Author: William Shakespeare
He reads much;
He is a great observer, and he looks
Quite through the deeds of men.
Julius Cæsar. ACT I Scene 2.

Author: William Shakespeare
Seldom he smiles, and smiles in such a sort
As if he mock’d himself, and scorn’d his spirit
That could be moved to smile at anything.
Julius Cæsar. ACT I Scene 2.

Author: William Shakespeare
But, for my own part, it was Greek to me.
Julius Cæsar. ACT I Scene 2.

Author: William Shakespeare
’T is a common proof,
That lowliness is young ambition’s ladder,
Whereto the climber-upward turns his face;
But when he once attains the upmost
Julius Cæsar. ACT II Scene 1.

Author: William Shakespeare
Between the acting of a dreadful thing
And the first motion, all the interim is
Like a phantasma, or a hideous dream:
The Genius and the mortal instruments
Are then in council; and the state of man,
Like to a little kingdom, suffers then
Julius Cæsar. ACT II Scene 1.

Author: William Shakespeare
A dish fit for the gods.
Julius Cæsar. ACT II Scene 1.

Author: William Shakespeare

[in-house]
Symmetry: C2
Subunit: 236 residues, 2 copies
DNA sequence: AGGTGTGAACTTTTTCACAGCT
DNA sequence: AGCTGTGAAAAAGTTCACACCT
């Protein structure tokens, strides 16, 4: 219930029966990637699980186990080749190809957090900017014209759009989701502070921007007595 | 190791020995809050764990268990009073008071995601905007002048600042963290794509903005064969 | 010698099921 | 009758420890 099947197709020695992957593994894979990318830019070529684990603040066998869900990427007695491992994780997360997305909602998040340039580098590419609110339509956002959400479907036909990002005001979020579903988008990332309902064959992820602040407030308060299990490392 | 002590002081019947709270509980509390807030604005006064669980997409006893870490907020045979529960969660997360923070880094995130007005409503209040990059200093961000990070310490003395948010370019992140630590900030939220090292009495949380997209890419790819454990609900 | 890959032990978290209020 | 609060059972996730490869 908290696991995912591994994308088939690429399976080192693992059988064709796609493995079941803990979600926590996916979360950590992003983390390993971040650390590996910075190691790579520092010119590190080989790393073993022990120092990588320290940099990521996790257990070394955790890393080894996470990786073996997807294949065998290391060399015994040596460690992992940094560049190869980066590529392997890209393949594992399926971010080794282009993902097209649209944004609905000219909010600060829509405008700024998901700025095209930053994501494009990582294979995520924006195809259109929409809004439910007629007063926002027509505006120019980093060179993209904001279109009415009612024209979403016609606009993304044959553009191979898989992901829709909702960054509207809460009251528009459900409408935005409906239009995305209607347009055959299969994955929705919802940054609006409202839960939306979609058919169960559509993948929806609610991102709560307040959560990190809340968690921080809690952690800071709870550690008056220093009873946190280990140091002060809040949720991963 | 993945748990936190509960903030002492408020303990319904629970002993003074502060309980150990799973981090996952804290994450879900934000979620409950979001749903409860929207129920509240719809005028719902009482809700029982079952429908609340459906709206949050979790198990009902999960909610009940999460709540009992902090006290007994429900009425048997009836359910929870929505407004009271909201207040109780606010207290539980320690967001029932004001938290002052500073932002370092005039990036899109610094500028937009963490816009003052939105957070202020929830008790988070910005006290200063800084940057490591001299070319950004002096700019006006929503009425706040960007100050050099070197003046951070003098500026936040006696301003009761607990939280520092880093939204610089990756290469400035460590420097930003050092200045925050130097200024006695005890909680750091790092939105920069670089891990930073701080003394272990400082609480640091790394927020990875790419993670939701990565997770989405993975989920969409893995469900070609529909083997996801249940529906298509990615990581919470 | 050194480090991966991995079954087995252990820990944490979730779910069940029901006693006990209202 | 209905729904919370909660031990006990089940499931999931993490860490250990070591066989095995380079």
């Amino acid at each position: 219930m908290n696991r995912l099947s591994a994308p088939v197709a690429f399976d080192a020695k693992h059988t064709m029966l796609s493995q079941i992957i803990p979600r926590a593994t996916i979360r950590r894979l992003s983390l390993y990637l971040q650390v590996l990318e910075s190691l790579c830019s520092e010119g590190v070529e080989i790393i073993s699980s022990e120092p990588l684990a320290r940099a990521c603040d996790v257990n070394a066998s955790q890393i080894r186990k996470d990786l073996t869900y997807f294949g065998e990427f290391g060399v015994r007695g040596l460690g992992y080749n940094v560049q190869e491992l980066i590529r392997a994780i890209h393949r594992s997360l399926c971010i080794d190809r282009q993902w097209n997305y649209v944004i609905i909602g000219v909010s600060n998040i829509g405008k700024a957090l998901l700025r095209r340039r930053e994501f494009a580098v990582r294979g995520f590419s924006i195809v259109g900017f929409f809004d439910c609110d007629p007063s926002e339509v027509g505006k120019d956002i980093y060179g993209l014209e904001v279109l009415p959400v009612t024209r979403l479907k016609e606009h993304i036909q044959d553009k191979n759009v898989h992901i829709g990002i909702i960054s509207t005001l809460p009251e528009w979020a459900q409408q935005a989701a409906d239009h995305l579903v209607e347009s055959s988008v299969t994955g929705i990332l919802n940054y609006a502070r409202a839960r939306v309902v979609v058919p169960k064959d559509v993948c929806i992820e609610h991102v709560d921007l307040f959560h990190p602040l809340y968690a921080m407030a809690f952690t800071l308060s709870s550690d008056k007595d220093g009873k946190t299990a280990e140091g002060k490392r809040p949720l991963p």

But when I tell him he hates flatterers,
He says he does, being then most flattered.
Julius Cæsar. ACT II Scene 1.

Author: William Shakespeare
Boy! Lucius! Fast asleep? It is no matter;
Enjoy the honey-heavy dew of slumber:
Thou hast no figures nor no fantasies,
Which busy care draws in the brains of men;
Therefore thou sleep’st so sound.
Julius Cæsar. ACT II Scene 1.

Author: William Shakespeare
With an angry wafture of your hand,
Gave sign for me to leave you.
Julius Cæsar. ACT II Scene 1.

Author: William Shakespeare
You are my true and honourable wife,
As dear to me as are the ruddy drops
Julius Cæsar. ACT II Scene 1.

Author: William Shakespeare
Think you I am no stronger than my sex,
Being so father’d and so husbanded?
Julius Cæsar. ACT II Scene 1.

Author: William Shakespeare
Fierce fiery warriors fought upon the clouds,
In ranks and squadrons and right form of war,
Which drizzled blood upon the Capitol.
Julius Cæsar. ACT II Scene 2.

Author: William Shakespeare
These things are beyond all use,
And I do fear them.
Julius Cæsar. ACT II Scene 2.

Author: William Shakespeare
When beggars die, there are no comets seen;
The heavens themselves blaze forth the death of princes.